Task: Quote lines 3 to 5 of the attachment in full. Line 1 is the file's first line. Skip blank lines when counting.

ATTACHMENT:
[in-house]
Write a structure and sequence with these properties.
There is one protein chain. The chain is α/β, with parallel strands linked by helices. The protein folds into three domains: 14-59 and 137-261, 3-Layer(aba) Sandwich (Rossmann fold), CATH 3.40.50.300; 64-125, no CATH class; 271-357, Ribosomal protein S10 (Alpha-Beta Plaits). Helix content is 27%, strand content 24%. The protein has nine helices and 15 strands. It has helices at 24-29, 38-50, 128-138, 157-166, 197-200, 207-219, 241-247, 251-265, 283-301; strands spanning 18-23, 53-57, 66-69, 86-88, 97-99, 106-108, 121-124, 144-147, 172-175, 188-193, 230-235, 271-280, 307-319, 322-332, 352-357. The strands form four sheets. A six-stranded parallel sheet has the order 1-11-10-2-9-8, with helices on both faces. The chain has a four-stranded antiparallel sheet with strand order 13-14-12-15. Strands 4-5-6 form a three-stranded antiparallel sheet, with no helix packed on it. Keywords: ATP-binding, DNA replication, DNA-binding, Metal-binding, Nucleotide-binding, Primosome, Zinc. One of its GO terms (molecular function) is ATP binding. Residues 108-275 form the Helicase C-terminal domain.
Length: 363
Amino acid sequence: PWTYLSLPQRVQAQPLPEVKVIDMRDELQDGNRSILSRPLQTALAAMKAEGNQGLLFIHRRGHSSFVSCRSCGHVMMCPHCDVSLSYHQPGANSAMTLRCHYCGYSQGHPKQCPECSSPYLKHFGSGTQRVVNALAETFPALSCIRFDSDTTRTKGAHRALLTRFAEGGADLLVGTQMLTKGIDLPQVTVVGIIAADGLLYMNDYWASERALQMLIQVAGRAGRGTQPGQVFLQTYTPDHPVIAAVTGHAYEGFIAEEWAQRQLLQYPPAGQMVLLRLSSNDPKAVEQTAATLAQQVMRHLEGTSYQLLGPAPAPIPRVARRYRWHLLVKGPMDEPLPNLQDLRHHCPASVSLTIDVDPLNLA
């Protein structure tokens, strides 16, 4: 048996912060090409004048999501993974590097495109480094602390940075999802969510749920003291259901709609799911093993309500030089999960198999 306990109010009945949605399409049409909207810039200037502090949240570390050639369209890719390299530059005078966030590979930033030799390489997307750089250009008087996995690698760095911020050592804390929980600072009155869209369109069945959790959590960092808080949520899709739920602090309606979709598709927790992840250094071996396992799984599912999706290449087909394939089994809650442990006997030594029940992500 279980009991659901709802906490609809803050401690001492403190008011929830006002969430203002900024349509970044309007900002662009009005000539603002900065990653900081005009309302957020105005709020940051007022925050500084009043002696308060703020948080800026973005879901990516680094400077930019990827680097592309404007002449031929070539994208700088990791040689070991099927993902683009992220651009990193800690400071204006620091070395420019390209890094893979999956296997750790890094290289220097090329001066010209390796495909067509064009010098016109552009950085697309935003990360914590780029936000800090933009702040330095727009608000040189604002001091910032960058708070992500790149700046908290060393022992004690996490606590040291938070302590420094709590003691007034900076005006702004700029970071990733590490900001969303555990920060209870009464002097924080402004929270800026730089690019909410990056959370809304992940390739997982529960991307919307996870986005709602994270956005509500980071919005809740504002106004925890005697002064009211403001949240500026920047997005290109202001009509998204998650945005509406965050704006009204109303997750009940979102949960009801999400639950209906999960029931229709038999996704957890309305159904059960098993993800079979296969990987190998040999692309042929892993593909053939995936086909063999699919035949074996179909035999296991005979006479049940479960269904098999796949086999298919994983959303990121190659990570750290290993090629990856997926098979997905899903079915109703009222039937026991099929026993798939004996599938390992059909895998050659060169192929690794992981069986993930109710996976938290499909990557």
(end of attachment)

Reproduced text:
There is one protein chain. The chain is α/β, with parallel strands linked by helices. The protein folds into three domains: 14-59 and 137-261, 3-Layer(aba) Sandwich (Rossmann fold), CATH 3.40.50.300; 64-125, no CATH class; 271-357, Ribosomal protein S10 (Alpha-Beta Plaits). Helix content is 27%, strand content 24%. The protein has nine helices and 15 strands. It has helices at 24-29, 38-50, 128-138, 157-166, 197-200, 207-219, 241-247, 251-265, 283-301; strands spanning 18-23, 53-57, 66-69, 86-88, 97-99, 106-108, 121-124, 144-147, 172-175, 188-193, 230-235, 271-280, 307-319, 322-332, 352-357. The strands form four sheets. A six-stranded parallel sheet has the order 1-11-10-2-9-8, with helices on both faces. The chain has a four-stranded antiparallel sheet with strand order 13-14-12-15. Strands 4-5-6 form a three-stranded antiparallel sheet, with no helix packed on it. Keywords: ATP-binding, DNA replication, DNA-binding, Metal-binding, Nucleotide-binding, Primosome, Zinc. One of its GO terms (molecular function) is ATP binding. Residues 108-275 form the Helicase C-terminal domain.
Length: 363
Amino acid sequence: PWTYLSLPQRVQAQPLPEVKVIDMRDELQDGNRSILSRPLQTALAAMKAEGNQGLLFIHRRGHSSFVSCRSCGHVMMCPHCDVSLSYHQPGANSAMTLRCHYCGYSQGHPKQCPECSSPYLKHFGSGTQRVVNALAETFPALSCIRFDSDTTRTKGAHRALLTRFAEGGADLLVGTQMLTKGIDLPQVTVVGIIAADGLLYMNDYWASERALQMLIQVAGRAGRGTQPGQVFLQTYTPDHPVIAAVTGHAYEGFIAEEWAQRQLLQYPPAGQMVLLRLSSNDPKAVEQTAATLAQQVMRHLEGTSYQLLGPAPAPIPRVARRYRWHLLVKGPMDEPLPNLQDLRHHCPASVSLTIDVDPLNLA